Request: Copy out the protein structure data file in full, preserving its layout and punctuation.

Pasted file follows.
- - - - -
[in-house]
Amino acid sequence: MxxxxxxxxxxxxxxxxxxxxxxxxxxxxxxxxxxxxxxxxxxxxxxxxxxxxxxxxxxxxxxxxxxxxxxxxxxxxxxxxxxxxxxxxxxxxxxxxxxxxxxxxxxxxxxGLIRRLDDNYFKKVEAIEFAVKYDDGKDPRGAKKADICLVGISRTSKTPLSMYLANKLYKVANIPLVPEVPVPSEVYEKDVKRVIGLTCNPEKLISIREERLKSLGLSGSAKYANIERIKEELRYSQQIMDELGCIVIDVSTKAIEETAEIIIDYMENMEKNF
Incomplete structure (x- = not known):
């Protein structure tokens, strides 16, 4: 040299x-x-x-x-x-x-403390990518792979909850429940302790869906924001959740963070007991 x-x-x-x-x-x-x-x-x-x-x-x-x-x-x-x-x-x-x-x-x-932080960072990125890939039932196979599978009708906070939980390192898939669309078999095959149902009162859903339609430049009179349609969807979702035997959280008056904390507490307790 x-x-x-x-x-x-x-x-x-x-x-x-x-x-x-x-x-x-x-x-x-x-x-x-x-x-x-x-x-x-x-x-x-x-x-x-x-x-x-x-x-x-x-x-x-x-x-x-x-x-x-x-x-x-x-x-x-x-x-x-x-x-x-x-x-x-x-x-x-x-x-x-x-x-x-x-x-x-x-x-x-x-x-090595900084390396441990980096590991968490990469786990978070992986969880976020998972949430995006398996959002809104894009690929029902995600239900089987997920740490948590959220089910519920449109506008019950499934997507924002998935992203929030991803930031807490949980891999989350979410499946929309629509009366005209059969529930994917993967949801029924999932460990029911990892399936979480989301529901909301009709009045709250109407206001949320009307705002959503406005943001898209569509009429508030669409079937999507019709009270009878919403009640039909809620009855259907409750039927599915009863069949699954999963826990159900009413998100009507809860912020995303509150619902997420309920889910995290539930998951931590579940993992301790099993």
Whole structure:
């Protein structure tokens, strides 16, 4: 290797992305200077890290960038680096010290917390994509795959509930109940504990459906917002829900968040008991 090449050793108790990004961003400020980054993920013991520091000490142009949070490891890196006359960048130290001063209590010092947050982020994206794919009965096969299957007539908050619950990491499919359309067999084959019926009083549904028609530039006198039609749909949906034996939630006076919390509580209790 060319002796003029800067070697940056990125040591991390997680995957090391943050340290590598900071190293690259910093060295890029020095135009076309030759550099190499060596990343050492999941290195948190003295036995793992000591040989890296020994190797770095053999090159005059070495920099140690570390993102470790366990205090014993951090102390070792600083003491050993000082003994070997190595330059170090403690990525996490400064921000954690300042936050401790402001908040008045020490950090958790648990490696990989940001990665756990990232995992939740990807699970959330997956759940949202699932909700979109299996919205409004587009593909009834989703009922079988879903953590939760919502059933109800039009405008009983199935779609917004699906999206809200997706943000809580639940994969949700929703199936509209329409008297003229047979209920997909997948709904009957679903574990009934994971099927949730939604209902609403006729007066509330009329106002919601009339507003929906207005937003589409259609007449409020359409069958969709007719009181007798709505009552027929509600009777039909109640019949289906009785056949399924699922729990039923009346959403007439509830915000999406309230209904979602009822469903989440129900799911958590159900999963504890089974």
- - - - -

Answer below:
[in-house]
Amino acid sequence: MxxxxxxxxxxxxxxxxxxxxxxxxxxxxxxxxxxxxxxxxxxxxxxxxxxxxxxxxxxxxxxxxxxxxxxxxxxxxxxxxxxxxxxxxxxxxxxxxxxxxxxxxxxxxxxGLIRRLDDNYFKKVEAIEFAVKYDDGKDPRGAKKADICLVGISRTSKTPLSMYLANKLYKVANIPLVPEVPVPSEVYEKDVKRVIGLTCNPEKLISIREERLKSLGLSGSAKYANIERIKEELRYSQQIMDELGCIVIDVSTKAIEETAEIIIDYMENMEKNF
Incomplete structure (x- = not known):
């Protein structure tokens, strides 16, 4: 040299x-x-x-x-x-x-403390990518792979909850429940302790869906924001959740963070007991 x-x-x-x-x-x-x-x-x-x-x-x-x-x-x-x-x-x-x-x-x-932080960072990125890939039932196979599978009708906070939980390192898939669309078999095959149902009162859903339609430049009179349609969807979702035997959280008056904390507490307790 x-x-x-x-x-x-x-x-x-x-x-x-x-x-x-x-x-x-x-x-x-x-x-x-x-x-x-x-x-x-x-x-x-x-x-x-x-x-x-x-x-x-x-x-x-x-x-x-x-x-x-x-x-x-x-x-x-x-x-x-x-x-x-x-x-x-x-x-x-x-x-x-x-x-x-x-x-x-x-x-x-x-x-090595900084390396441990980096590991968490990469786990978070992986969880976020998972949430995006398996959002809104894009690929029902995600239900089987997920740490948590959220089910519920449109506008019950499934997507924002998935992203929030991803930031807490949980891999989350979410499946929309629509009366005209059969529930994917993967949801029924999932460990029911990892399936979480989301529901909301009709009045709250109407206001949320009307705002959503406005943001898209569509009429508030669409079937999507019709009270009878919403009640039909809620009855259907409750039927599915009863069949699954999963826990159900009413998100009507809860912020995303509150619902997420309920889910995290539930998951931590579940993992301790099993």
Whole structure:
């Protein structure tokens, strides 16, 4: 290797992305200077890290960038680096010290917390994509795959509930109940504990459906917002829900968040008991 090449050793108790990004961003400020980054993920013991520091000490142009949070490891890196006359960048130290001063209590010092947050982020994206794919009965096969299957007539908050619950990491499919359309067999084959019926009083549904028609530039006198039609749909949906034996939630006076919390509580209790 060319002796003029800067070697940056990125040591991390997680995957090391943050340290590598900071190293690259910093060295890029020095135009076309030759550099190499060596990343050492999941290195948190003295036995793992000591040989890296020994190797770095053999090159005059070495920099140690570390993102470790366990205090014993951090102390070792600083003491050993000082003994070997190595330059170090403690990525996490400064921000954690300042936050401790402001908040008045020490950090958790648990490696990989940001990665756990990232995992939740990807699970959330997956759940949202699932909700979109299996919205409004587009593909009834989703009922079988879903953590939760919502059933109800039009405008009983199935779609917004699906999206809200997706943000809580639940994969949700929703199936509209329409008297003229047979209920997909997948709904009957679903574990009934994971099927949730939604209902609403006729007066509330009329106002919601009339507003929906207005937003589409259609007449409020359409069958969709007719009181007798709505009552027929509600009777039909109640019949289906009785056949399924699922729990039923009346959403007439509830915000999406309230209904979602009822469903989440129900799911958590159900999963504890089974």